Tuesday, November 29, 2011

"Intervention 'A La Carte'"

'Ghalioun, Ziadeh and al...'
"... Al-As'ad's statements are indicative of an increasing trend of Syrian opposition members--or foreign activists lobbying on their behalf--making selective demands of outsiders to provide military support, albeit on their own terms.
This represents the trend toward "intervention a la carte," whereby overhead surveillance assets, logistical enablers, peacekeepers, armed drones, combat aircraft, ground troops, or smuggled weapons are demanded and presumably applied as opposition movements see fit.
This has been particularly evident in the public discussions on whether a no-fly zone (NFZ) should be imposed over Syria. An anonymous 25-year-old FSA member boasted, "The [Assad] regime would only last thirty days" with a NFZ. Another FSA member, Lt. Col. Abdullah Yousef, claimed, "If there is such a zone, the regime will not last for a week."... ... Syrian opposition groups do not agree on the intended objectives of international military support. All of the groups endorse President Assad's downfall, including the Syrian National Council, which lists "toppling of the regime" as a founding goal. Yet, rather than simply acknowledging that outside intervention is to help assure regime change, each group claims that they only need support to protect civilians. Although this strategy makes sense after Libya demonstrated that a regime change double-team by domestic and external forces is a resource intensive, uncertain, and open ended commitment, it is impossible to distinguish between the two intertwined objectives...
Finally, apparently beggars can be choosers, as Syrian opposition groups are also selective about which countries should participate in the intervention. An elder statesman of the opposition, Haitham al-Maleh, initially called for NATO to intervene under the principle of R2P, but later clarified his position:"I do not and did not agree to NATO intervention...NATO means America and I'm against that." Lt. Salem Odeh, a Syrian army defector, noted: "I just hope there will be Turkish military intervention. It's better, and they have longstanding blood ties from old times, and they are closer to the East than West." An exiled Muslim Brotherhood member agreed: "If other interventions are required, such as air protection...then the people will accept Turkish intervention. They do not want Western intervention." Another, more tolerant, activist in Deir al-Zour welcomed the idea that "Arab governments should make a no-fly zone over Syria."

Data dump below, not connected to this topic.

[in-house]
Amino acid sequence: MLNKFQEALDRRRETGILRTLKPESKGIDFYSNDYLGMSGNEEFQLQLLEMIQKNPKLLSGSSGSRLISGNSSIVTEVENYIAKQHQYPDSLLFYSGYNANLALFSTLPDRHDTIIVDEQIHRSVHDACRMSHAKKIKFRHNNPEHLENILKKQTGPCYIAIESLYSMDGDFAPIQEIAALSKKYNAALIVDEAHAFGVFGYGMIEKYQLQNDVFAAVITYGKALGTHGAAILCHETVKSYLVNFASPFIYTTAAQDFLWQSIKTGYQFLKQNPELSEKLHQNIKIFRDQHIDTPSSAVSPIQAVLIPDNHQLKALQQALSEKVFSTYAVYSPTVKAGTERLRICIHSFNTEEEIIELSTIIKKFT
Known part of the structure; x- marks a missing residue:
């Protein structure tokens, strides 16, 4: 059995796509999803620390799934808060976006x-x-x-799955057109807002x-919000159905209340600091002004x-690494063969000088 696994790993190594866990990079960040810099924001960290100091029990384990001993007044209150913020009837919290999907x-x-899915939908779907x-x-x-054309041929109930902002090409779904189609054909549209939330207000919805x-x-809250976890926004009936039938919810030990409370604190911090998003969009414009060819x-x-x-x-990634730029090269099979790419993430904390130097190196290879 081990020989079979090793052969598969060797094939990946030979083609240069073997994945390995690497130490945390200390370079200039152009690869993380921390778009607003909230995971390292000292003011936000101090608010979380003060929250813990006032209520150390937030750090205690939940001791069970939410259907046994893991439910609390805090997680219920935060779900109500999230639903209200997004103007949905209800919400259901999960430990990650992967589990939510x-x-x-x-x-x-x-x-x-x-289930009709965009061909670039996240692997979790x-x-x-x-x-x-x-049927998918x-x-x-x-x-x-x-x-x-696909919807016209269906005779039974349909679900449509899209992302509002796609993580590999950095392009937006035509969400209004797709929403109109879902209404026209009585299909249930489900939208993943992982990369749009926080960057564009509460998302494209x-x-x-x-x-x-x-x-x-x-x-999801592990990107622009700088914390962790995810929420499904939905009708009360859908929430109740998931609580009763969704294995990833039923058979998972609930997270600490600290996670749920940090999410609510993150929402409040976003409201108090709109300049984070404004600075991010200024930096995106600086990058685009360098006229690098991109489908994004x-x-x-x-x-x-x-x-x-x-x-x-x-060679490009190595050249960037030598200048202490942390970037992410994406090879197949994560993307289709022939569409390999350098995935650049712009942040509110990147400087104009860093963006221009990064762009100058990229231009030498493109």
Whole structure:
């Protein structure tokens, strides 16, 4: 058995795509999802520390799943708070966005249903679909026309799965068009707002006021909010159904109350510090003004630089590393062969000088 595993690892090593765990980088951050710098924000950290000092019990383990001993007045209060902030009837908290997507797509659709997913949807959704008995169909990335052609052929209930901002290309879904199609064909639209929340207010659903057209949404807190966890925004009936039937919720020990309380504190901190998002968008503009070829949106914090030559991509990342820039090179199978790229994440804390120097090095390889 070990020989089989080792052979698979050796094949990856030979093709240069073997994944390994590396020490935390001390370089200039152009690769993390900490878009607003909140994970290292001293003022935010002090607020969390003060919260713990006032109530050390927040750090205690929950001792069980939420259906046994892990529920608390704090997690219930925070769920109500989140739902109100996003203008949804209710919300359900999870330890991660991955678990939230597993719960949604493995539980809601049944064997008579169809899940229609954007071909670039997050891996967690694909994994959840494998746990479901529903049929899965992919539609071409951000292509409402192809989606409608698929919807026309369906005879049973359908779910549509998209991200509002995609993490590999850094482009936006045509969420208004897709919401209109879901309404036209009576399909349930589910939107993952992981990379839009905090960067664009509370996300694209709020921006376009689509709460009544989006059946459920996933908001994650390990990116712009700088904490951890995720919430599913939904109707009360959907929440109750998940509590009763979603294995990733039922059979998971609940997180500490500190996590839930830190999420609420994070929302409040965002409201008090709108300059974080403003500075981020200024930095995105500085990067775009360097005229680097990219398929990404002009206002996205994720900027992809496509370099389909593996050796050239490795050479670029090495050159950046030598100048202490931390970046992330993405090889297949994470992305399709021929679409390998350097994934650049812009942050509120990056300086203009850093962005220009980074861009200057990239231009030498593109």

Before NATO, Turkey (a NATO member, by the way), or "Arab governments" intervene in Syria, they must provide a plausible explanation as to how military force can succeed in civilian protection and/or regime change. Moreover, given the competing and disjointed demands among Syrian opposition groups, any intervention force should explain why it has privileged the interests of one group over another. Even then, the likelihood of the intervention succeeding is uncertain. The notion that external military force is an easily controlled tool that can be applied piecemeal to assure regime change is dubious. Nonetheless, if the level of violence against the civilian population worsens, and diplomatic and economic sanctions fail to compel a change in Assad's behavior, it is an option that must be debated and considered."

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